Friday, 4 June 2021
Dear Friends in Christ,
Our Gospel reading for this week contains these words: He has gone out of his mind. These are words said of Jesus, and they refer to a moment when he and his apostles were so overwhelmed with the demands of the crowds that they: could not even eat. This apparently insignificant detail should be leading us all to ponder what lies ahead in the days to come, just as we should be reflecting upon other words in this week’s Gospel: if a house is divided against itself, that house will not be able to stand.
On 8 May the Diocesan Synod adopted the Bishops’ rescue and development plan for the Diocese of Lincoln. That plan has become known by its working title: Resourcing Sustainable Church, but stopping there fails to do justice to the great deal of work that has gone into preparing this rescue package for the Church in our Diocese. The full title is: Resourcing Sustainable Church: A Time to Change – Together. As you will see the full title is not just about money and clergy numbers, nor is it about protecting that which is ours, it is about a truly active partnership between all who value the Church and all who wish to see it flourish in the future.
This week’s reading from Mark’s gospel opens with Jesus demonstrating total commitment to serving those who have gathered around him, even to the point of seeming out of his mind. That commitment to loving and serving others took precedence over everything else, including the eating of regular meals. Jesus never hesitated to spread the Good News through word and deed. Sadly, we are not always so generous. We pride ourselves on our ability to prioritise the demands made on our time and resources. We rank those demands in an order of significance that suits us, usually without any consideration for others. It is years, even decades, of such prioritisation that has forced the Church into seeking a new way forward. The coincidence of the pandemic is irrelevant to the Bishops’ plan; Resourcing Sustainable Church: A Time to Change – Together was already being discussed and formulated before 23 March 2020! It was already being formulated because without a determined new approach the Church in our Diocese would descend into an uncontrollable downward spiral, a downward spiral constructed around the low priority it has been afforded by PCCs and individuals over many years.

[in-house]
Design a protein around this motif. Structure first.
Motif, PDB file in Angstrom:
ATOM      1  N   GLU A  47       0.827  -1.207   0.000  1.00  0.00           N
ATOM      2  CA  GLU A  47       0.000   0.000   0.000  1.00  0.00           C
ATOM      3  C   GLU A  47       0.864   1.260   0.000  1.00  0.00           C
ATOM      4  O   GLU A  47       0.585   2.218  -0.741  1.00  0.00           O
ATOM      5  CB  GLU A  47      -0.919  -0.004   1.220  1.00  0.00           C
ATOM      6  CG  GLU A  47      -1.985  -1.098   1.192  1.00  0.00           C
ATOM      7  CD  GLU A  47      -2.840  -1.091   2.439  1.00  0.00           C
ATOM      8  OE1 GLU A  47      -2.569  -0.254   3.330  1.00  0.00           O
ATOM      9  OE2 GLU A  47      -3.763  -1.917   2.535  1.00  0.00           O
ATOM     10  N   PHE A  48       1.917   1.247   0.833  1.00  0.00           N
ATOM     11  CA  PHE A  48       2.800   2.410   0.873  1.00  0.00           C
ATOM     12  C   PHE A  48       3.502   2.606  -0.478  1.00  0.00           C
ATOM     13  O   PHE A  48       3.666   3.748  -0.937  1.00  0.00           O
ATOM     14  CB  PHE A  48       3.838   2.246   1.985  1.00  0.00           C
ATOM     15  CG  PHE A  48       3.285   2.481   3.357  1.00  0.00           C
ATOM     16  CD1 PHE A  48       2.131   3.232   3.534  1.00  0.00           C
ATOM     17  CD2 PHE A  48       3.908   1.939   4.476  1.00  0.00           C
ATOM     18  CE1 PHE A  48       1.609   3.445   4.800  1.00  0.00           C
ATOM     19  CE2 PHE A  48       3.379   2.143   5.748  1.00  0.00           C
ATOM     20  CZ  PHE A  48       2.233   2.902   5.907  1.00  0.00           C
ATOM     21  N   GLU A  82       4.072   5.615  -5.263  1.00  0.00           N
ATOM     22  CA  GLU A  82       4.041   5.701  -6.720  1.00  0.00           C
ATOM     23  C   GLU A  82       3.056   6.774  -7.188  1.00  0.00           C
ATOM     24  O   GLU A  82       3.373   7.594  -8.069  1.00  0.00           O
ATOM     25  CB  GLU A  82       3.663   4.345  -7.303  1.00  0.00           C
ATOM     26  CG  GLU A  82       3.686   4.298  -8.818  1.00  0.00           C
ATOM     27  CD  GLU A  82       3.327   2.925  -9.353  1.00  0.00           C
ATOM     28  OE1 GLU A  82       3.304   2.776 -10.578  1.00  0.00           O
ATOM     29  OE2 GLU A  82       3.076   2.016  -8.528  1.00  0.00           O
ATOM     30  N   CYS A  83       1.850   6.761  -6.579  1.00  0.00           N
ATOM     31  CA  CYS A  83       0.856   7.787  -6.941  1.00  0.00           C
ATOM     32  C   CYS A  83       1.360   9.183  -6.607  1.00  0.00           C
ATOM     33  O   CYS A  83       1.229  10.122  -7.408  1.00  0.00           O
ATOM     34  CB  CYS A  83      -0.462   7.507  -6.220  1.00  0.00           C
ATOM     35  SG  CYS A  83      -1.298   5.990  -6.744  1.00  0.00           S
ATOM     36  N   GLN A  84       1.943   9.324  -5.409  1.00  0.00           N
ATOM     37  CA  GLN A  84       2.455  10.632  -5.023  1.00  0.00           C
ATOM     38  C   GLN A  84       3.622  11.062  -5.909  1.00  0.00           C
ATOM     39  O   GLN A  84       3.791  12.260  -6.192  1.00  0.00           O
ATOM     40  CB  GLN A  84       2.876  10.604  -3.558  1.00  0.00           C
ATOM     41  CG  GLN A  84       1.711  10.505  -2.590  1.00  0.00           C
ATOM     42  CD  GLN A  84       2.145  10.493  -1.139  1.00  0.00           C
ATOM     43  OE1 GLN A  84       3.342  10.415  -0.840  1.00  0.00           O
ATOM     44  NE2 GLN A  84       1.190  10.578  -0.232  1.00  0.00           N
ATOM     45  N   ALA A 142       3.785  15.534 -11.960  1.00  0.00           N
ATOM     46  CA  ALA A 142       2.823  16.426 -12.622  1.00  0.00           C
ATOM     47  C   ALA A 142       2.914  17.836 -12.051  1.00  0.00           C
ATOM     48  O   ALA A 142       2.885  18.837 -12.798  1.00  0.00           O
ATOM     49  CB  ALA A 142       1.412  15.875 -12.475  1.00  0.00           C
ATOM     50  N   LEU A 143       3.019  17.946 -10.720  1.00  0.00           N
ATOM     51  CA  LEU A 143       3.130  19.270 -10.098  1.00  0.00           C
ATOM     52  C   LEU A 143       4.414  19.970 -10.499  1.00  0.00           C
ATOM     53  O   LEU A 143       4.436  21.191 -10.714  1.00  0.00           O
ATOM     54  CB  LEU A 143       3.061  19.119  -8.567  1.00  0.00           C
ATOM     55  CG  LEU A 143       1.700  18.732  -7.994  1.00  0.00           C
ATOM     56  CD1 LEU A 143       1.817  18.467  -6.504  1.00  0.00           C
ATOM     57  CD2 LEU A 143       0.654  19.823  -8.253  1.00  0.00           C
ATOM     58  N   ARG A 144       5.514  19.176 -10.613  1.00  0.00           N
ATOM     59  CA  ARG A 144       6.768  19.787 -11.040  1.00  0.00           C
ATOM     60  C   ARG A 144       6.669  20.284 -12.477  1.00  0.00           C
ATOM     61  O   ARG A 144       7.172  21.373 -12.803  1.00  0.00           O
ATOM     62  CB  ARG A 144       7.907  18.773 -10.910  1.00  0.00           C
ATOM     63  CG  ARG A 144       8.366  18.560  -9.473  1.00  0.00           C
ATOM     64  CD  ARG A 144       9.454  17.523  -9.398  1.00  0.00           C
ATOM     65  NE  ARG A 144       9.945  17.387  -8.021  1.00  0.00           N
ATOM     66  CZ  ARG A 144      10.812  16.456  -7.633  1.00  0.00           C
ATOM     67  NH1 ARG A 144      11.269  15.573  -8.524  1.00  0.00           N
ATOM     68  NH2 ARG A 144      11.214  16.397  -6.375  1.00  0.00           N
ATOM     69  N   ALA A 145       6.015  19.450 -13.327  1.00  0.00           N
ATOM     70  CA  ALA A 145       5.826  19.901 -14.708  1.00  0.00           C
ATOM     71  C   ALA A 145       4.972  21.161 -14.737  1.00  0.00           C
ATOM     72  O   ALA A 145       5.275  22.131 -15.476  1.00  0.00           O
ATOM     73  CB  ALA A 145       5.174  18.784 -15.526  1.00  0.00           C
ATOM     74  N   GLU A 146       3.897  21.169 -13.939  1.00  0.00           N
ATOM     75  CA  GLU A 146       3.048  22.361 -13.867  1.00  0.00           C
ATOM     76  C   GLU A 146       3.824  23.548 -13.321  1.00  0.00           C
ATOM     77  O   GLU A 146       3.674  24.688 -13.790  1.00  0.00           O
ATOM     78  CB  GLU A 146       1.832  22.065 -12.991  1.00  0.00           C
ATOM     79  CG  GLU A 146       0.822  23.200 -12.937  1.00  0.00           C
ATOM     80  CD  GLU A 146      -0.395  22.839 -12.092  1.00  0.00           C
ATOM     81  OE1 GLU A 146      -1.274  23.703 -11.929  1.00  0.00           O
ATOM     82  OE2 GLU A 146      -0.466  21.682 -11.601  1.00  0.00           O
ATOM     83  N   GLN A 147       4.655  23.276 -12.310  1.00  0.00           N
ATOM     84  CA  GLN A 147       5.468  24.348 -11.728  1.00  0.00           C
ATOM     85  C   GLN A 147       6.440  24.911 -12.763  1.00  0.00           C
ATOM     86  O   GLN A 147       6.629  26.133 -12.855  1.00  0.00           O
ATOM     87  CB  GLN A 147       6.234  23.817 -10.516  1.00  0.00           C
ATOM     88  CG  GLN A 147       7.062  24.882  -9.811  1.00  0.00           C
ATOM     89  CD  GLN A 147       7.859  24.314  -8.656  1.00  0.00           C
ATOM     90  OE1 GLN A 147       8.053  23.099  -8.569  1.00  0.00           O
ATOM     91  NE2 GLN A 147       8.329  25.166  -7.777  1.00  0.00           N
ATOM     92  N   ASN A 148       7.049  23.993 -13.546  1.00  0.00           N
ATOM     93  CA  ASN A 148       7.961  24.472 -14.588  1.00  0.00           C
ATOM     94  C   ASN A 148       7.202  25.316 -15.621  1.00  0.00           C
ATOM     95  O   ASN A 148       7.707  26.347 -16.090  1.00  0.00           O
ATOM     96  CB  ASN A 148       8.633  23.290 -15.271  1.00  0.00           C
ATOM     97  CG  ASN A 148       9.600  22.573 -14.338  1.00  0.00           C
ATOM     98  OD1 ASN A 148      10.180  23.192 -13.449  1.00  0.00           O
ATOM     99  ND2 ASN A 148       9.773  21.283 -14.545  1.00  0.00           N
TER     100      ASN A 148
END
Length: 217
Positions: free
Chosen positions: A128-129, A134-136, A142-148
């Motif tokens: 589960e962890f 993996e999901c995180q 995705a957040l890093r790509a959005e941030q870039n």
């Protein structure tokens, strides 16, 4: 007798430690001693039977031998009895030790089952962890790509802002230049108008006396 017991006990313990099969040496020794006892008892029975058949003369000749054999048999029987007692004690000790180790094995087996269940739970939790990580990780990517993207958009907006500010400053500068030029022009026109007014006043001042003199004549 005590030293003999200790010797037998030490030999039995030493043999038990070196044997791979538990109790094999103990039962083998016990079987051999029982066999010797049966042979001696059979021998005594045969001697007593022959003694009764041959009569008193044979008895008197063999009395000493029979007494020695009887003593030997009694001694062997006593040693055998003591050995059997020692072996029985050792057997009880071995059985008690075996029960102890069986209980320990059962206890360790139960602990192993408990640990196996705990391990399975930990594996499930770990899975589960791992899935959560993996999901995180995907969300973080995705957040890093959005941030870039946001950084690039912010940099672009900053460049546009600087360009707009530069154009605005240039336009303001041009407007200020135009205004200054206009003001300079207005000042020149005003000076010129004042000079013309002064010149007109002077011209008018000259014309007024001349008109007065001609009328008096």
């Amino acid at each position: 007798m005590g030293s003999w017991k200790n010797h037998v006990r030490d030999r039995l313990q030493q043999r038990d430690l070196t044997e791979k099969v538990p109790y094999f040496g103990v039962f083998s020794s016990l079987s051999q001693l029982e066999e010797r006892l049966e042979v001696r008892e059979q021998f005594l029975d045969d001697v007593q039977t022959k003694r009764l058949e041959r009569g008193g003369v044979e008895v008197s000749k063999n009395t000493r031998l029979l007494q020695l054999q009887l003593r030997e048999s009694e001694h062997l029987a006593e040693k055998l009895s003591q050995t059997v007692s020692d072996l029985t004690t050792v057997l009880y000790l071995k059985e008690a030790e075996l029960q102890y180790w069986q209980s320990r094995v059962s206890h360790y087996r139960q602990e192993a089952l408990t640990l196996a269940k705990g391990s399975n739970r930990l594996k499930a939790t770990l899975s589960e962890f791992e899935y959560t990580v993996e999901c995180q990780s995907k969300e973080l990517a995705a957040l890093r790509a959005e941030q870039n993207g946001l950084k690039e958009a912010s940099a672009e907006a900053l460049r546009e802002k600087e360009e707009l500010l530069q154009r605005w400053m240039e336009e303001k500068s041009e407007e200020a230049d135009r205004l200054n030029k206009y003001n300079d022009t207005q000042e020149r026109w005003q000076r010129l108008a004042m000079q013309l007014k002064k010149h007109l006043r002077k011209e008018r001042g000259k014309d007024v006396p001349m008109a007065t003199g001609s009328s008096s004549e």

In recent days, as news of the Diocesan plan has emerged, I have witnessed people focusing on small parts of a plan that extends to over seventy pages. It almost goes without saying that where people have drawn up their battle lines has been around those words that they, as individuals, find challenging and offensive, around those words that mean we must change. Sadly, that is both unfair and ultimately self-destructive. As Jesus teaches us this week: if a house is divided against itself, that house will not be able to stand.
As has been said many times in recent months, and not just in the context of our Diocesan plan, the coming days are going to see much change. For that change to be a constructive experience there is going to have to be cooperation and genuine ‘working together’. Without that mutuality the future will be very bleak indeed. The time has come to knock down walls and not to build them even higher as we protect what is ours to the detriment of others. Let us learn the lessons of the self-serving and self-destructive lists of preferences and priorities that have brought us to where we are now and let us work together in prayer and Christian love to not just keep the Church alive, but see it flourish and grow in the times to come.
With every blessing to you all,